With the bulk of the landscaping of the Noosa Men’s Shed gardens completed the Gardening Team is now turning its attention to stage one of the reforestation programme.
In collaboration with Ered Fox, Nursery Manager at Noosa & District Landcare, a range of cabinet timbers and flowering trees and shrubs have been selected for planting. A plan has been drawn up for stage 1 which has commenced.
A bonus was the 22 trees gifted to Noosa Men’s Shed by Landcare. The selection includes silky oak, red cedar and hoop pine. In addition we have chosen the bunya pine and black she oak to attract the black cockatoo.
There is also a range of flowering trees and shrubs to cater for nectar eating birds. This includes the beautiful pink evodia which have been planted between the paper barks along the drive way.
Stage one of the three stage planting programme is being headed by Gavin Meakens who has built an enviable reputation as a tireless worker with a love of gardening. It is Gavin who has been largely responsible for the landscaping of the grounds. This will always be a work in progress as there will always be replanting, pruning, fertilising and watering to do.
While the Noosa Men’s Shed will draw stock from Noosa & District Landcare for reforestation, it has also been propagating trees in its own right. The most notable is the Queensland Fire Wheel which is a close relative of the Illawarra Flame Tree planted on the lawn adjacent to the outdoor recreational area. Planting trees that add colour when flowering is important in the beautification of the gardens as is diversity of species.
All trees planted will have an identification number on a stake so members can easily identify the species.
Following a request for identification of the ‘red ball flower’ we received responses from John Phillips, Owen Curtis, John Williams, Jan Broadfoot and Peter Kjorstad. All were on the scent but it was Jan Broadfoot who hit the nail-on-the-head by identifying the mystery flower as Scadoxus Multiflorus or the ‘blood lily’. The plant hails from Africa growing from Senegal to Somalia to South Africa. Thanks Jan.
Besides having an interest in flora, the gardeners are interested in the fauna of the area. Last week we heard the ‘whoop whoop' call of what is often titled the ‘bush pheasant’. Known officially as the Pheasant Coucal it is widely distributed through the East coast of Australia. The Pheasant Coucal is a ground feeder living on small inverter-braes, (predominantly small frogs) and insects. It is more comfortable running than flying. A pair were heard in the undergrowth of the Unity Waters grounds last week. They are very hard to see but their call is distinctive. Listen for it.
In the lower garden we had cultivated some rock melons. With the disaster we had last season with crows breaking into the shells of the water melons we took precautions by covering the fruit with milk crates. The crows were dissuaded from destroying the ‘fruits of our labour’ but the water rats took full advantage of the opportunity to the point that all that was left were the outside shells.
On Thursday morning we found one of the rock melon eating culprits spread eagled on the ground. Upon examination, its belly had been ripped open and the surrounding flesh eaten. The kill was fresh as the ants had not had time to start their work so one assumes the kill happened in the early hours of the morning. The suspect would most likely be a Tawny Frog Mouth Owl which frequent most parts of Australia. The water rat has now been dispatched to a compost bin as a source of blood and bone. Go the owls!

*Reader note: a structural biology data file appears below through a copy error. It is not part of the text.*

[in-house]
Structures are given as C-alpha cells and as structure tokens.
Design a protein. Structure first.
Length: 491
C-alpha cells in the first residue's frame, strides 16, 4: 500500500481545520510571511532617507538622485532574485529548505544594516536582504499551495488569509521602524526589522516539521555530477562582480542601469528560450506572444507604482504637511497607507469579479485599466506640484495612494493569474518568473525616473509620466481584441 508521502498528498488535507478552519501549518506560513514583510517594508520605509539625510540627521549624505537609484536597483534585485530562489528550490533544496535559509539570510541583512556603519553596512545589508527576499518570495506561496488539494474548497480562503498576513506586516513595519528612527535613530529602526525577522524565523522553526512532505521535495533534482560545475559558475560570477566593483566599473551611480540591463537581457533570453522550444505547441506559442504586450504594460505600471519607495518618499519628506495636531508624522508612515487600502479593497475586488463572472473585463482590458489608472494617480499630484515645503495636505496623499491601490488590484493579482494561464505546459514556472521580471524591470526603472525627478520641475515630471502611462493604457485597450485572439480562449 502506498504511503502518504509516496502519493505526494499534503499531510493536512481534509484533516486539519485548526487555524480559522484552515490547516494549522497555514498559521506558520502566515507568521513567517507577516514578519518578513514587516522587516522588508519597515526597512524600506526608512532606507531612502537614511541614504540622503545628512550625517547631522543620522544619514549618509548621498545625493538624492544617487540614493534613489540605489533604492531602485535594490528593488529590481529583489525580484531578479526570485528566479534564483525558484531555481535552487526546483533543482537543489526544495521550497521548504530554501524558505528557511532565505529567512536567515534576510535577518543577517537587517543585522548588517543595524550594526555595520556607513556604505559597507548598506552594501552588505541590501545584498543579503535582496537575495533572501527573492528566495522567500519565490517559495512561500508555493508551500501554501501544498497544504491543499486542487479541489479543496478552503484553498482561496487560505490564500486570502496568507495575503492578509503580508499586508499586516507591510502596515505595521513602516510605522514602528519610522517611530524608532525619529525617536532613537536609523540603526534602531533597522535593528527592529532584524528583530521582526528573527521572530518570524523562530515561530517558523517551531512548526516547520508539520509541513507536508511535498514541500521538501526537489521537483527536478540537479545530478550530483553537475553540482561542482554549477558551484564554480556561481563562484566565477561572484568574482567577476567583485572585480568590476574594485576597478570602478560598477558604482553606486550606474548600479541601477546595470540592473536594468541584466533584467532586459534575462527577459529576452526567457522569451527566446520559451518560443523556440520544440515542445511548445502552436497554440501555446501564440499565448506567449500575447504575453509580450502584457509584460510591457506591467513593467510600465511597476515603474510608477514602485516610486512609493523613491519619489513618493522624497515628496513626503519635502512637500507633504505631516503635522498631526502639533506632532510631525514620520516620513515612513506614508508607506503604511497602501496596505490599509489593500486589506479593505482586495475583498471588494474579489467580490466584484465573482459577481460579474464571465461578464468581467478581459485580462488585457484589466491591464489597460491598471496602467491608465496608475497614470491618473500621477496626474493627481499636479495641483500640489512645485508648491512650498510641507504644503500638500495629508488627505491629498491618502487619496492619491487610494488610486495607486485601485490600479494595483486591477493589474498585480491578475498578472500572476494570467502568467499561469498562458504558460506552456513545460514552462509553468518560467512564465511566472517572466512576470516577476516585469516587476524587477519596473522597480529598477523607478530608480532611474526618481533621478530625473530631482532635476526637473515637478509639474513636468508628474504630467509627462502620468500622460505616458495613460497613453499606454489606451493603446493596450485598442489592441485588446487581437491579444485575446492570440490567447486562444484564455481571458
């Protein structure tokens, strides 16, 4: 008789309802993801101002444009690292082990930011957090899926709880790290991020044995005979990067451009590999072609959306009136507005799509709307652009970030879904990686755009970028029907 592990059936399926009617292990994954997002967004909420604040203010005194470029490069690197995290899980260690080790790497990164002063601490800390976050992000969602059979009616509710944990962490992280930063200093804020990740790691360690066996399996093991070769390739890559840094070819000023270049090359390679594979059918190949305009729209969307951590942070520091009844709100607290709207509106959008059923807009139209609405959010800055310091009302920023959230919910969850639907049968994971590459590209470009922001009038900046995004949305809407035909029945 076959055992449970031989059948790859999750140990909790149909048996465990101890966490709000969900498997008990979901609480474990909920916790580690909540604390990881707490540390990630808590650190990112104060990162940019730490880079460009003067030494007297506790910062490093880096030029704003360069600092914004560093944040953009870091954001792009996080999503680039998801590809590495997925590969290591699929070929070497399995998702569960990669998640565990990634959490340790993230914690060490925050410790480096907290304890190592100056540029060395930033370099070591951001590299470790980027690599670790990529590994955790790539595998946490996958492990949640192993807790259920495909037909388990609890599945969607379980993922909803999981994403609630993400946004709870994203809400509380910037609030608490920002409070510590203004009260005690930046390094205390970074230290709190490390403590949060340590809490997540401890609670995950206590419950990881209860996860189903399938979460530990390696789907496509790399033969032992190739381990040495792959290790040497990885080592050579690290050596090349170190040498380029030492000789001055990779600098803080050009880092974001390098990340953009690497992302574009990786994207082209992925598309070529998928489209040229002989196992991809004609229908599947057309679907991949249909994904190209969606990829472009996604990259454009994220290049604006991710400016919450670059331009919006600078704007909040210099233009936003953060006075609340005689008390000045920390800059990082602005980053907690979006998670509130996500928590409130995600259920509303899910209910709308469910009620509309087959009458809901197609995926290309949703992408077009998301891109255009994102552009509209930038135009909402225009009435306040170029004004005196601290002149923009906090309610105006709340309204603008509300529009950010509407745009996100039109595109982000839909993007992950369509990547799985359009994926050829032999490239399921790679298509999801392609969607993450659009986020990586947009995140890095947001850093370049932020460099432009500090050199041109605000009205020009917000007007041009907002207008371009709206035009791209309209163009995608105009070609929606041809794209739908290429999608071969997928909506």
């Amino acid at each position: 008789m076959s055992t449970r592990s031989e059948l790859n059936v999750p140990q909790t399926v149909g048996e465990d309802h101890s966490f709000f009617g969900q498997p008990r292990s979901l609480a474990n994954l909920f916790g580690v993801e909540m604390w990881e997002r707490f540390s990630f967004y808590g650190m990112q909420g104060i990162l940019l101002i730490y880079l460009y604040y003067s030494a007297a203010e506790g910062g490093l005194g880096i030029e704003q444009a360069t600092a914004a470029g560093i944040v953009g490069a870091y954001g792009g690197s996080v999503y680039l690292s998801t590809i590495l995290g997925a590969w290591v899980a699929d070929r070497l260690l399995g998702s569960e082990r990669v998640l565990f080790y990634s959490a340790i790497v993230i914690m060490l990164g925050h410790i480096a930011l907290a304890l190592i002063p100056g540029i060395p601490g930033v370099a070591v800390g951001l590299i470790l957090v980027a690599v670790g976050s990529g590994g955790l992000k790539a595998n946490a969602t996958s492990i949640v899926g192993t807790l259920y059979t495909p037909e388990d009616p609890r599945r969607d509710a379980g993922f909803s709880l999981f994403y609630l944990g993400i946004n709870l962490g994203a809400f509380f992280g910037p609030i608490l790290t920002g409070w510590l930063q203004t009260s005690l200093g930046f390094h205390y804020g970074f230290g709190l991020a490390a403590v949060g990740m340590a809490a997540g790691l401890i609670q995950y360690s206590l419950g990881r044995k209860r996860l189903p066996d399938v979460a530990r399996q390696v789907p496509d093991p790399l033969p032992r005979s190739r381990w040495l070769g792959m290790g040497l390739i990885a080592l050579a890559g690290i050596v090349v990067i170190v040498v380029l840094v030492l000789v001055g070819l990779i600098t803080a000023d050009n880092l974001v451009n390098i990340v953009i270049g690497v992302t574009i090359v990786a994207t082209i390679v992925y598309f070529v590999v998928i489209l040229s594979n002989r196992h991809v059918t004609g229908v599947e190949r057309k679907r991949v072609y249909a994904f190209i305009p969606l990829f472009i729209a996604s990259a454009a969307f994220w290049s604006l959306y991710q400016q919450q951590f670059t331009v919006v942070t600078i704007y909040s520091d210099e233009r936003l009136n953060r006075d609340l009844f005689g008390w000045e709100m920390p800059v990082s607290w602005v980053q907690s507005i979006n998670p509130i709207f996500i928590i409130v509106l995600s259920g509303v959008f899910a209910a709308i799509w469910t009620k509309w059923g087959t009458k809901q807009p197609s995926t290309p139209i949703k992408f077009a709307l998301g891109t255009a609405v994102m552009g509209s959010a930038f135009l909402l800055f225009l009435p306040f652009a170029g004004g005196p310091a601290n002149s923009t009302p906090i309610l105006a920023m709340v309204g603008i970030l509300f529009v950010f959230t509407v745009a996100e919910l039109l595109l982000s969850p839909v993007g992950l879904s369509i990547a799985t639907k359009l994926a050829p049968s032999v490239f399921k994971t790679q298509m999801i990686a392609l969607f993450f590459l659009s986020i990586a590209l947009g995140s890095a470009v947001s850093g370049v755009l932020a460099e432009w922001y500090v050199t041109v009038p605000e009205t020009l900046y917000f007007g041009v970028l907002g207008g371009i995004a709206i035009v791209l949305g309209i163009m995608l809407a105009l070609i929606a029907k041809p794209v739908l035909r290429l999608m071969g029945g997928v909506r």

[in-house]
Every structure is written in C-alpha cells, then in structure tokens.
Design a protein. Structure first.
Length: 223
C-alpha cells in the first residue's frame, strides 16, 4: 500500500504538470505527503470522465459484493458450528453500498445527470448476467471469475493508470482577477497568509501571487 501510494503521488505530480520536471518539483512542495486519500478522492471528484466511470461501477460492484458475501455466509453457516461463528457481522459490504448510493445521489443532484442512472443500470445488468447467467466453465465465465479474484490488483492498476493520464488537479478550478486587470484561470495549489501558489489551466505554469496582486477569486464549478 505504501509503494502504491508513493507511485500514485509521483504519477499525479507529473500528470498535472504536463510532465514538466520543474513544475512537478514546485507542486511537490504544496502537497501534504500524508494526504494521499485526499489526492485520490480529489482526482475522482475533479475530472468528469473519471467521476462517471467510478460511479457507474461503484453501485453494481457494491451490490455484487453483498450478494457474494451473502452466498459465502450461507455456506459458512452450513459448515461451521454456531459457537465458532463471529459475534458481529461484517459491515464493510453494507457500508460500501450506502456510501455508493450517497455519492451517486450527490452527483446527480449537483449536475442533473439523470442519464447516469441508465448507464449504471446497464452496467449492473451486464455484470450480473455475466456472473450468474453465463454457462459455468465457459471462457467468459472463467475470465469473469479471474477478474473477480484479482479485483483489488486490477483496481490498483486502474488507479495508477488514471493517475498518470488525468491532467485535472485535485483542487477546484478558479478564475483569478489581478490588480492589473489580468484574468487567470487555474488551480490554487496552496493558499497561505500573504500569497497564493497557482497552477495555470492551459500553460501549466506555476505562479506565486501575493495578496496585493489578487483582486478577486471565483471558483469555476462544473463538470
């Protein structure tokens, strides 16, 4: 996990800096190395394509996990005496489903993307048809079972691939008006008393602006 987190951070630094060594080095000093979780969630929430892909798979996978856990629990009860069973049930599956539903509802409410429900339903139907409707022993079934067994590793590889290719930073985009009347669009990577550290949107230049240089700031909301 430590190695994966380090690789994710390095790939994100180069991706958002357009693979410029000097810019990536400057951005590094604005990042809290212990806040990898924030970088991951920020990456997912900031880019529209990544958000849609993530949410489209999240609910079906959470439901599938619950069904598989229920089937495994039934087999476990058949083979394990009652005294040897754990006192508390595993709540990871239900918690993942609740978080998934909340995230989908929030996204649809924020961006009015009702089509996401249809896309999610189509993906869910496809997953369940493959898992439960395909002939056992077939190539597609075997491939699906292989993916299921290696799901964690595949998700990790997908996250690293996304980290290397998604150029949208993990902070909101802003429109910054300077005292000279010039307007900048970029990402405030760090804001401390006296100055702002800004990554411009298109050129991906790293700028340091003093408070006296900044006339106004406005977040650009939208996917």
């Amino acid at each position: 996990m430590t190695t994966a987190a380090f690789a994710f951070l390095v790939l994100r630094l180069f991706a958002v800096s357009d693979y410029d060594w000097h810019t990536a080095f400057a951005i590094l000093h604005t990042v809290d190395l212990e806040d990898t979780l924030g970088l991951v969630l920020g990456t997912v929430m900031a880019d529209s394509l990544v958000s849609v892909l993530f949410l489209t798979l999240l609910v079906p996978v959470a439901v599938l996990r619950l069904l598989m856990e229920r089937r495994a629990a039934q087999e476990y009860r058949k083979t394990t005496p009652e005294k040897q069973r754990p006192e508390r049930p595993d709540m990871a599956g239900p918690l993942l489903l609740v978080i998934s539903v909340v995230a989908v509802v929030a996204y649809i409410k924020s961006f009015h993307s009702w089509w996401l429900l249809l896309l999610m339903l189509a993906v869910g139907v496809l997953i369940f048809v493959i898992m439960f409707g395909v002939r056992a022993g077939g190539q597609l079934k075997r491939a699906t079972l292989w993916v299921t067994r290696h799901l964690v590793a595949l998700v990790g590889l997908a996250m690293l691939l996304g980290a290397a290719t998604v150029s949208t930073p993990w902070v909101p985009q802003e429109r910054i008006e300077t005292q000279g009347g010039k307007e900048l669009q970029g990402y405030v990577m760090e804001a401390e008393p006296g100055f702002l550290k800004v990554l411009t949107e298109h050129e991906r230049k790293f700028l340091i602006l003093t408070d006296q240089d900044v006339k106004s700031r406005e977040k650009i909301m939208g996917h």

The workload of the gardeners continues to grow to the point that we need to recruit more enthusiasts. In particular, we would like assistance in the lower garden. Gavin Meakens and Bill Lodge have their hands full with landscaping as well as caring for the lower gardens and propagation shed. This is an opportunity for a couple of members to have a free hand to grow a range of fruit, vegetables and flowers in what are very productive beds. If you are interested in joining the team please speak to
Mike Nixon or Bill Lodge. You will be most welcome.
The Noosa Men's Shed has an active gardening group that grow a range of produce for the benefit of members. Beside the two produce garden areas, the undertaking includes a propagation shed for the growing of seedlings and a range of plants and trees for landscaping and sale. In addition there is a worm farm, large compost pits and hydroponics systems.
The gardening team is establishing a fruit orchard and rainforest area. Included in the responsibility for landscaping, the team plans to build rockeries and a water feature as part of a botanical garden approach to the beautification of the Noosa Men's Shed grounds.
The gardening team welcomes new recruits to assist with the wide range of activities in-hand. Contact Bill Lodge for further information.
First planting heralds start of the fruit orchard Tuesday 19 July was a historic occasion at the Noosa Men’s Shed. The ‘gardening team’ planted the first two of a planned 30 tree fruit orchard.
With a designated area, the team is looking to expand the orchard as quickly as possible as the trees, depending on variety, take some years to bear fruit. The two trees planted were A and B variety avocados which were donated by Ian Broadfoot.
To achieve its objective of building a significant orchard, the Noosa Men’s Shed ‘gardening team’ is seeking donations of suitable fruit trees. This can be in the way of a tree or a cash donation to purchase one. The donors of trees will receive recognition via a plaque that will detail the tree and the name of the donor or donors.
The two avocados planted on Tuesday will be named in Ian Broadfoot’s honour. In addition to Ian Broadfoot’s donation, Ron Blackman has gifted the orchard a ruby grapefruit.